Steve Brandau introduced a resolution of the Fresno County Board of Supervisors to encourage more domestic oil production. Photo by Frank Lopez

published on March 22, 2022 - 4:54 PM
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County elected officials and economic leaders held a press conference Tuesday to call for an increase in domestic oil production.

The Fresno County Board of Supervisors, along with representatives from the Fresno County Farm Bureau, local trade and skilled labor associations and the California Truckers Association, held a press conference in Downtown Fresno’s Courthouse Park urging federal and state legislators to increase petroleum production in the region.

Speaking along with the county supervisors were Fresno County Farm Bureau President Daniel Hartwig and Building and Construction Trades Council of Fresno Council Executive Secretary Chuck Riojas.

District 2 Supervisor Steve Brandau, who sponsored a resolution calling for increased production, said that Russia’s invasion of Ukraine and subsequent boycotts of Russia’s oil highlight the need for the U.S. to produce more domestic oil.

“There has been some talk of going elsewhere—like to Venezuela, Iran and Saudi Arabia. In my opinion, some of those actors are not much better than Russian actors. So why not produce that oil at home and refine that oil at home? We know we have the capability,” Brandau said.

Co-sponsoring the resolution, District 5 Supervisor Nathan Magsig said that aside from fuel, petroleum is the main component in many items such as clothing and asphalt. It is essential to the agriculture industry.

Magsig said that higher gas prices are affecting those in disadvantaged and rural communities that have to drop their children off at school and drive long distances for work.

Magsig said that in 1986, almost 100% of the oil used in California was produced in the U.S. Today, he said that figure stands at about 42%.

He said that producing more oil in California and the U.S. would reduce greenhouse gas emissions.

“When we need to ship oil from other countries to California, that oil has to come from ships, and those ships pollute. If we make that oil here domestically, that shipping cost and shipping pollution is not released,” Magsig said.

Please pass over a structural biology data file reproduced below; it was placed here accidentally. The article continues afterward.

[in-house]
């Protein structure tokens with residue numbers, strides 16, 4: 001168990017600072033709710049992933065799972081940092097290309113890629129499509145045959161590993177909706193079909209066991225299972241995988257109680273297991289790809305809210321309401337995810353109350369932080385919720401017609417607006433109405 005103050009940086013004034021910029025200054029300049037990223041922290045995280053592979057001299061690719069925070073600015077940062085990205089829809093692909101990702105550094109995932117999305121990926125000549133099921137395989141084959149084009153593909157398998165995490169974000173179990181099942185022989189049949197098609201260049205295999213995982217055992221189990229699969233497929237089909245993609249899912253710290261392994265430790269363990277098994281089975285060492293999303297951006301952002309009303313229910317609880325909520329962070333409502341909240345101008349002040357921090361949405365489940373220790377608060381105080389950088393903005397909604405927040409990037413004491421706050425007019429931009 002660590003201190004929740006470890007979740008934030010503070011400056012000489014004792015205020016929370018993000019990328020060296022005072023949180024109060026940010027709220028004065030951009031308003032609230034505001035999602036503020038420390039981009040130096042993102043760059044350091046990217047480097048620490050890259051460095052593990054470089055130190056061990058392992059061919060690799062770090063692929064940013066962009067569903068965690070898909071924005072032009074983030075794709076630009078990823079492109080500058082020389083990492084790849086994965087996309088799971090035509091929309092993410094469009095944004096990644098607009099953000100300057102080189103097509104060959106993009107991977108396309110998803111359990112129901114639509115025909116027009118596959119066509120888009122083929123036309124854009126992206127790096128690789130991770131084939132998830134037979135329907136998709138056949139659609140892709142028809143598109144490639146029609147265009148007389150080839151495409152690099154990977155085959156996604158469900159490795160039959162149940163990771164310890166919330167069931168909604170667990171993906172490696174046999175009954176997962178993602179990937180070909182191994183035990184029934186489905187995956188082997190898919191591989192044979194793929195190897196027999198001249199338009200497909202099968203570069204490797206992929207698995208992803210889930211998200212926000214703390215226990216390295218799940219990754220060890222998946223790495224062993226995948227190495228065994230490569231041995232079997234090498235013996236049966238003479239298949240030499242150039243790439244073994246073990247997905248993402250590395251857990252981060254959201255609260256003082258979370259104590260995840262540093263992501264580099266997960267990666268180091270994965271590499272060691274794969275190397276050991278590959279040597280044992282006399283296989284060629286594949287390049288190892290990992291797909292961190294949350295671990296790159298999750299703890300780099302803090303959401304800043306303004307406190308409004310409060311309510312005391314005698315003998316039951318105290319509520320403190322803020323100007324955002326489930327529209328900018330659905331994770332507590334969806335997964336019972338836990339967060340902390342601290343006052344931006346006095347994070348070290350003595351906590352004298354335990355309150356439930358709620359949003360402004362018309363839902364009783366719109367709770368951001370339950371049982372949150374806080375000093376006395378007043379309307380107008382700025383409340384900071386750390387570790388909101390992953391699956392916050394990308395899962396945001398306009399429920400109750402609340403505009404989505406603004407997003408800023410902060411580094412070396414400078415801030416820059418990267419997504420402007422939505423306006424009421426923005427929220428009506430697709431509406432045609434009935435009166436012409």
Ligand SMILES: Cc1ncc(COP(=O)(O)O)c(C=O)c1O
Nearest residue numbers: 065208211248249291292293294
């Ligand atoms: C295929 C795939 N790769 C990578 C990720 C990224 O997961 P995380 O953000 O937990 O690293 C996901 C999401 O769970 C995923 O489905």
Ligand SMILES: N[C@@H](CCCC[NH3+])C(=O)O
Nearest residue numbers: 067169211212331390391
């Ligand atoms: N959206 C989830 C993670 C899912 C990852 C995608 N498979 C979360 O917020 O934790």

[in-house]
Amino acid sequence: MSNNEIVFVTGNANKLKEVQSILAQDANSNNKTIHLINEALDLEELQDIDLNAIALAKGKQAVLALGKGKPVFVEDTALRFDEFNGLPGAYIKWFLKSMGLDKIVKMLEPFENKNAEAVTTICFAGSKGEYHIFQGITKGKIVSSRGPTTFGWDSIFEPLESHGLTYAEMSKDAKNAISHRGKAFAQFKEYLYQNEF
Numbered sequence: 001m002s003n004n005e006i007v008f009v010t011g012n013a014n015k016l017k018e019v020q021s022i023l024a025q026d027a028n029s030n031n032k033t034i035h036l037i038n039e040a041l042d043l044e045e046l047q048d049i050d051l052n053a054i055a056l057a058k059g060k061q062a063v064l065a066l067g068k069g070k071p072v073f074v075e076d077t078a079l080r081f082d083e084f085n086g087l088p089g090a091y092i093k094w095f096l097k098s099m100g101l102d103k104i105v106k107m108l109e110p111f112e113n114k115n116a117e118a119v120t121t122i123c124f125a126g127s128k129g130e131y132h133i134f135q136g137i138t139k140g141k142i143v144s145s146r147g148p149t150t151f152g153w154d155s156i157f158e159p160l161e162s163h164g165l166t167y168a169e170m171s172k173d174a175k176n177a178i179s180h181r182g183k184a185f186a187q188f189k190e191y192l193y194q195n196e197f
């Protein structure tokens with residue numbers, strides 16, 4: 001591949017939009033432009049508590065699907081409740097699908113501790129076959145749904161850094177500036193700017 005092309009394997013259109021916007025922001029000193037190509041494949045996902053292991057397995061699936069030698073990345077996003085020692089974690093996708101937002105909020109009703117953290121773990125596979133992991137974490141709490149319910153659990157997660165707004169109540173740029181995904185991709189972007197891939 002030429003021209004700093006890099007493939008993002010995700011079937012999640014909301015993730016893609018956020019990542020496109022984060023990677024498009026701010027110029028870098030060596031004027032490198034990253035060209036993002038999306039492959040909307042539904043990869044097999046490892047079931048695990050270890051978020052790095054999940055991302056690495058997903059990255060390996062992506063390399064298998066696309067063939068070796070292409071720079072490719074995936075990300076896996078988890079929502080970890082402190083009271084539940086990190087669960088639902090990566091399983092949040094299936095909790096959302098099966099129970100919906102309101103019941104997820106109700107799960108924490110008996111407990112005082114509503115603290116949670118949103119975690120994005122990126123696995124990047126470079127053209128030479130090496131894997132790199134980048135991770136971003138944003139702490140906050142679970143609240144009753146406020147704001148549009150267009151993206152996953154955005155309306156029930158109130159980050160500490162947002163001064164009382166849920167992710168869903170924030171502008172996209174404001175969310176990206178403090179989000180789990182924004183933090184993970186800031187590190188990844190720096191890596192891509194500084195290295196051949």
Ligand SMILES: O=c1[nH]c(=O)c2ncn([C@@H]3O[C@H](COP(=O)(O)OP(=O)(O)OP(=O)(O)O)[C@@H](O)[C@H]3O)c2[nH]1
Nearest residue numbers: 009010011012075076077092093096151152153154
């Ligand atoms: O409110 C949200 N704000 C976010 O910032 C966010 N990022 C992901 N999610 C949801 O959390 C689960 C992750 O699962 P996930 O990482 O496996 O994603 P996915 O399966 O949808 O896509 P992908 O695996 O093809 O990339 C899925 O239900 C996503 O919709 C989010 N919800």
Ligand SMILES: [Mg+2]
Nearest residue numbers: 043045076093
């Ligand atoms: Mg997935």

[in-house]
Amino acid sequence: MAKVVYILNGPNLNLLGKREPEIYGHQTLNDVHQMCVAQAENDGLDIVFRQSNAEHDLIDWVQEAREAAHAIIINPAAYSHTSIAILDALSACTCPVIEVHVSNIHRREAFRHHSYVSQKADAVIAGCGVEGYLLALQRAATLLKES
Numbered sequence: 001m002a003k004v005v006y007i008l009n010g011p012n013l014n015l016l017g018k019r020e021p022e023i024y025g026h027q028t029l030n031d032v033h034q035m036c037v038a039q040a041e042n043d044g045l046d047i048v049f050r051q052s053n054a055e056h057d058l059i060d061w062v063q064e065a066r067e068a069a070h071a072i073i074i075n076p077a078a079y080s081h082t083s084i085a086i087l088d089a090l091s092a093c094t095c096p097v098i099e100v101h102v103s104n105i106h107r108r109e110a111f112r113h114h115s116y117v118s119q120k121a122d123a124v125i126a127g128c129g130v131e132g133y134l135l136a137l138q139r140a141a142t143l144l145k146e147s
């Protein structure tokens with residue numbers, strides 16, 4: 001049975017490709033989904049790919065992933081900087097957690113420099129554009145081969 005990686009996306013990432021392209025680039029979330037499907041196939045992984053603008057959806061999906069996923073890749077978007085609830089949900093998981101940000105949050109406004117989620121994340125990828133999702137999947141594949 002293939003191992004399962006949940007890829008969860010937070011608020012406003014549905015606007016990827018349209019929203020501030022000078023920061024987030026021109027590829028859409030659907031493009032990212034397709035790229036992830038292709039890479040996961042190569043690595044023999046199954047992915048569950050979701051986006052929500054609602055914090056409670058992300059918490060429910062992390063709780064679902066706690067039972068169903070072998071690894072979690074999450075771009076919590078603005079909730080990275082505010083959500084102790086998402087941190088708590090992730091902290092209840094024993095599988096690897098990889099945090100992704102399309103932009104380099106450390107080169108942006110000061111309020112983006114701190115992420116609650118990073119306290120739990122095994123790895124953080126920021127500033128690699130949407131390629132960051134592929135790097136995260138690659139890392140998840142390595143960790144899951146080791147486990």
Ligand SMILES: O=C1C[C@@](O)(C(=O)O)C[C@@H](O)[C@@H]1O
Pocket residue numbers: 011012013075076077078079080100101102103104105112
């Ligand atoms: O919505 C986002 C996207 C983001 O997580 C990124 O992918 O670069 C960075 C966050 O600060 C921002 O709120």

According to a December 2021 Petroleum Watch report from the California Energy Commission, last year Fresno County produced more than 5 million barrels of oil.

Paul Sihota is president of Smartway Express, a trucking company in Fresno. He also serves on the Fresno County Transportation Authority. He said this call for more domestic oil production is a bipartisan need.

“There is a lot of ag that depends on us. Fuel prices have gone out of sight. We have resources in our own back yard. Oil fields that are sitting idle and are not being able to be put to work. We need the governor and his office to get the oil permits up and running,” Sihota said.

While the Fresno County Supervisors’ call to Gov. Newsom and President Biden is echoed across the political aisle, oil permitting is still active.

According to federal data from the Bureau of Land Management, the Biden administration approved 3,557 permits for oil and gas drilling on public lands in the first year of his presidency, outpacing the Trump’s administration’s first year total of 2,658.

In California, the Biden administration approved 187 drilling permits, more than double the 71 drilling permits approved in the state by the Trump administration.

According to the Newsom Well Watch — an interactive online map maintained by Consumer Watchdog and Fracktracker that tracks the number of oil and gas wells permitted in the state —Newsom has approved 10,212 permits since 2019.

There were a total of 2,061 total permits approved — and 542 new well permits approved in 2021 by Newsom.

In April of last year, Newsom announced he would end the issuance of new fracking permits by 2024.

District 5 Supervisor Buddy Mendes, who is also a member of the San Joaquin Valley Air Pollution Control District, said that the oil made in the U.S. is produced more safely and cleanly than anywhere else in the world due to U.S. regulations.

“Do you want to get oil overseas that has no regulations on it at all when it’s produced and refined, or do you want it produced in the most safe environment there is?” Mendes said.

Mendes said that more oil production in Fresno County — and more oil production in general — does not introduce particulate matter into the air.

The oil and gas industry is the largest industrial source of emissions of volatile organic compounds — a group of chemicals that contribute to smog.

According to report from Stanford University released in October 2021, in a 14-year analysis of air quality across California, researchers observed high levels of air pollutants within 2.5 miles of oil and gas wells, increasing the risk of adverse health outcomes, including preterm birth, asthma and heart disease.


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